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A Coal Miner's Story: Mike Babcanik's Week Trapped Underground (1914)

This is an account of a coal mine accident that occurred on February 16, 1914, in the Cannon coal mine, near Franklin, about two miles southeast of Black Diamond, located in east King County. Coal min...

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Alaska-Yukon-Pacific Exposition (1909): Hoo-Hoo House

The Hoo-Hoo House was built by the Hoo-Hoo, a lumberman's fraternity, for the Alaska-Yukon-Pacific (A-Y-P) Exposition in Seattle in 1909. The exposition took place between June 1 and October 16, 1909,...

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American Viticultural Areas (AVAs) of Washington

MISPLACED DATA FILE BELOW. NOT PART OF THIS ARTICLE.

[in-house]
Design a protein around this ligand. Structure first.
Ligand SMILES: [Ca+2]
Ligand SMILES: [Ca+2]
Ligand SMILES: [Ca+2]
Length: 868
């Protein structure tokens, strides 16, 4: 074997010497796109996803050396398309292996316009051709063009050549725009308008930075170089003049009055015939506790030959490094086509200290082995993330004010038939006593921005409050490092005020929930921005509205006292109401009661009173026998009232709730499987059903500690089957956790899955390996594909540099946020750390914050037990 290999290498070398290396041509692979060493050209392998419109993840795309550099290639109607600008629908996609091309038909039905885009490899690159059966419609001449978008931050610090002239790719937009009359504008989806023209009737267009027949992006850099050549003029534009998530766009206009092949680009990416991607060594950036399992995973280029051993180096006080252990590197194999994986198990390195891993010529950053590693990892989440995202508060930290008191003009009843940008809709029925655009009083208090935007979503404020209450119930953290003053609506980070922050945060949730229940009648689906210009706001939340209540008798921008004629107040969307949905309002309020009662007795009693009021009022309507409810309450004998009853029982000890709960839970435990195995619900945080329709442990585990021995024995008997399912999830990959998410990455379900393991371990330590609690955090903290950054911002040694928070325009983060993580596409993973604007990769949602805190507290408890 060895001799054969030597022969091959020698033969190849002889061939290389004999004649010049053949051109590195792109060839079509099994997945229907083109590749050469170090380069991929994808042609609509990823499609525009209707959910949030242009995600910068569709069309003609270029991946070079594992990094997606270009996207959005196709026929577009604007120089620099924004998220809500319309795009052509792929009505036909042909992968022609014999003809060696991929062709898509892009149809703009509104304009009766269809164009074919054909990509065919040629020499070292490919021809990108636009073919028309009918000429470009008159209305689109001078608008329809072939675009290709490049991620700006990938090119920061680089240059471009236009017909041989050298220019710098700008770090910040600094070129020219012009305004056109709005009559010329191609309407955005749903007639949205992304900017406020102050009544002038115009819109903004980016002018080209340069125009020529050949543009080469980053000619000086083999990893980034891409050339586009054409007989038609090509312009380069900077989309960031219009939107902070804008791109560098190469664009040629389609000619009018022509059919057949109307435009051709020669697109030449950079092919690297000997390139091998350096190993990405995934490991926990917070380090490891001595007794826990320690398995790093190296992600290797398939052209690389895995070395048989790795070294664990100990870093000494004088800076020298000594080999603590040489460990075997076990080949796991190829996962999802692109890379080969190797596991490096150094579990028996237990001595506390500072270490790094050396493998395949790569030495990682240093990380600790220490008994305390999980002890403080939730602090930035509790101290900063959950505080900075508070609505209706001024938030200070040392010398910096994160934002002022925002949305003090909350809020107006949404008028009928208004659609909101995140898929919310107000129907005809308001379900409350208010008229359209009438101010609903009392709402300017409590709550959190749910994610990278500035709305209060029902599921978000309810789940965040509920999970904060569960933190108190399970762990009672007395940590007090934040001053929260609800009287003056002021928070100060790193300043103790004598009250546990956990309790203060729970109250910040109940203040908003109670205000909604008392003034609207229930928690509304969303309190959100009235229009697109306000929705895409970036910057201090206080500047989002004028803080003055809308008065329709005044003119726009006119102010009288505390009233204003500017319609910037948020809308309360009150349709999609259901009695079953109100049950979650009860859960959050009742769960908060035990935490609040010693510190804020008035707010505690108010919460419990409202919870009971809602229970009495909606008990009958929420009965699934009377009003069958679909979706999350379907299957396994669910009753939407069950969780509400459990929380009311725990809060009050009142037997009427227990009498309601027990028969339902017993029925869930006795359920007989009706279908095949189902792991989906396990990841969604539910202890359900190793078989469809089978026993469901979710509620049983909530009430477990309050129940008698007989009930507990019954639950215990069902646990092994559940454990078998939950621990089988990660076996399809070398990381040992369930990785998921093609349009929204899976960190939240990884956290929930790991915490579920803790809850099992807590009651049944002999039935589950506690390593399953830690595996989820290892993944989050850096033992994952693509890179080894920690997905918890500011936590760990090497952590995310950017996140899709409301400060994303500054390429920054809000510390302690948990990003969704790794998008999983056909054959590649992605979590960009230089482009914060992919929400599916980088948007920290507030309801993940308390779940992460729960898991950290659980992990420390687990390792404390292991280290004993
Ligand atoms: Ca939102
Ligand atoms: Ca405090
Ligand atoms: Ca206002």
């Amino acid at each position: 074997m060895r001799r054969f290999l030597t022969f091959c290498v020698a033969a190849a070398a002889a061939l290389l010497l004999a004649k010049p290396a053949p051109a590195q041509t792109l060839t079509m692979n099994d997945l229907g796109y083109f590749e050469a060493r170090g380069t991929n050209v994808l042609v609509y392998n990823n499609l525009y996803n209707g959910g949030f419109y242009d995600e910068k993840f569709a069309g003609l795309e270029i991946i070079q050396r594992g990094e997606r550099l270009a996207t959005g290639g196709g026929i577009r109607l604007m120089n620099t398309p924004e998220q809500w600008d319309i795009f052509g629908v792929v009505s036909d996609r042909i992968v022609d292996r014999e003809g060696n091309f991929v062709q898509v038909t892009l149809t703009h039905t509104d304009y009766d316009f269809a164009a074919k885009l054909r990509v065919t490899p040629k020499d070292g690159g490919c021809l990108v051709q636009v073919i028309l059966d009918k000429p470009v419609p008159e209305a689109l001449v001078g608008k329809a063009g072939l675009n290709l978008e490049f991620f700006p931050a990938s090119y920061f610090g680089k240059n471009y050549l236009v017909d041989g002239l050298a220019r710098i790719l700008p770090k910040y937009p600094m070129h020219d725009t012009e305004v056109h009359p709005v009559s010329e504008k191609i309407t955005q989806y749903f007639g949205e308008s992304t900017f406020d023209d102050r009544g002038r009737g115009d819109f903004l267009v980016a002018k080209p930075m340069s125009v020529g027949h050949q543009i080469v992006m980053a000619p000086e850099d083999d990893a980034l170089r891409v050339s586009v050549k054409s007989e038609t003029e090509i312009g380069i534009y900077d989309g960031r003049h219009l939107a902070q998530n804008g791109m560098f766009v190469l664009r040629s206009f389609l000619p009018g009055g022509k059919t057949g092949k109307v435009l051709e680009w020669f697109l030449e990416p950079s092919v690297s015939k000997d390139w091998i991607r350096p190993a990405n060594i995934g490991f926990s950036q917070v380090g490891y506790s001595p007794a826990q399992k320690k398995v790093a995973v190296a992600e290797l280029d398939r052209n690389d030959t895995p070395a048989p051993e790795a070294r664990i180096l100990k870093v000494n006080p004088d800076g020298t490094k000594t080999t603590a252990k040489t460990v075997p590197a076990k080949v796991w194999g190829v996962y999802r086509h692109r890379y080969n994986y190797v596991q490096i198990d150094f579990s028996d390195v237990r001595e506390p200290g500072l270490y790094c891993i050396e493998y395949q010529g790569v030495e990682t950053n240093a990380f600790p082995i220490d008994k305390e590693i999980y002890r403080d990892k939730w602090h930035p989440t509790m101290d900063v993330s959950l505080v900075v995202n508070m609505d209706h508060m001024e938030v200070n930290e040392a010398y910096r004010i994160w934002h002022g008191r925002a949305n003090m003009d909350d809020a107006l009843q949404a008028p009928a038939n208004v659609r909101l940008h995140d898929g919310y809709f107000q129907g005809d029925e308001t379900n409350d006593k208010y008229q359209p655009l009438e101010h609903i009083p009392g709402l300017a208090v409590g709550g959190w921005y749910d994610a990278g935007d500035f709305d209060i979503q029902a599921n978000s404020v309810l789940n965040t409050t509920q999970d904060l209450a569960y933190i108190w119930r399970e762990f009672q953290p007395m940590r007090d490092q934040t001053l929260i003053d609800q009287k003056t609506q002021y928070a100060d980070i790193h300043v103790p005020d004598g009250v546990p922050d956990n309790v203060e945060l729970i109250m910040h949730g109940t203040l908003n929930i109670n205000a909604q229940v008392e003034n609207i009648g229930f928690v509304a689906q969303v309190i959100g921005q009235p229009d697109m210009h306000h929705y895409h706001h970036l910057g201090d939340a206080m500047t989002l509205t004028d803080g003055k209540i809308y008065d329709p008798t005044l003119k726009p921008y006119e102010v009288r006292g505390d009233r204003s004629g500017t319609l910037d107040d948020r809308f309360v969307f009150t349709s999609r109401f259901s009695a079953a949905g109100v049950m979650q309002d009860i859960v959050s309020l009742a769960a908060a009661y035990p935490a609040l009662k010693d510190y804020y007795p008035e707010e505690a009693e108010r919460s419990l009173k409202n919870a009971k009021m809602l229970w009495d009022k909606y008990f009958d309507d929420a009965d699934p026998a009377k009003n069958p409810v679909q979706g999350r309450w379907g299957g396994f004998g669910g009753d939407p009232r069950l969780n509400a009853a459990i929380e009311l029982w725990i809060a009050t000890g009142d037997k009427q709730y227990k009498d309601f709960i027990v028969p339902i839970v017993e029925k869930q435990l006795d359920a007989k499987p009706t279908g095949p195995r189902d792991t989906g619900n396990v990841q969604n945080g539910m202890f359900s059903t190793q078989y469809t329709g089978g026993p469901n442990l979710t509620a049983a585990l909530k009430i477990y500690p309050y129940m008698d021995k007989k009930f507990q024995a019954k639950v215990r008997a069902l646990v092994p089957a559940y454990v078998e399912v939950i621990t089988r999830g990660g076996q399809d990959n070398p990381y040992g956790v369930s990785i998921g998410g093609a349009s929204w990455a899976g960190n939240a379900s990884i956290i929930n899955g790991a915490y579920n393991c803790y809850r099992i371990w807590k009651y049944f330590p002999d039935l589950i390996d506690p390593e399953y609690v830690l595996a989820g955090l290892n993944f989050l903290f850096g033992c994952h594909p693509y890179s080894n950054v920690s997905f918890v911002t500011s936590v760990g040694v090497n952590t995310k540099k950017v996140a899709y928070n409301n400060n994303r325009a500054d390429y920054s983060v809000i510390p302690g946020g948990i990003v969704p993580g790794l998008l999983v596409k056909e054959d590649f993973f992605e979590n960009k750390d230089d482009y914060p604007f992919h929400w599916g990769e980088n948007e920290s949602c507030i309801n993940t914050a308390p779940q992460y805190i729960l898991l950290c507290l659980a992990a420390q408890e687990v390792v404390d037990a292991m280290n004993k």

The U.S. government officially recognizes more than 200 wine-growing regions, known as American Viticultural Areas (AVAs). Fourteen of those AVAs are located partially or entirely within Washington st...

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Associated Vintners -- Washington's Academic Winemakers

Associated Vintners (AV) was a Seattle winemaking firm formed primarily by a group of University of Washington faculty members. Its backstory is perhaps the classic local instance of home garage-based...

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Barneston -- Thumbnail History

The company mill town of Barneston, located in King County 40 miles southeast of Seattle, manufactured 15 million to 25 million feet of timber annually for most of a quarter-century. Established in 18...

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Bayne: A King County Coal Mining Town

Bayne was one of the many coal mining towns that flourished in eastern King County in the early years of the twentieth century and have since largely vanished. Very little of the town, located along t...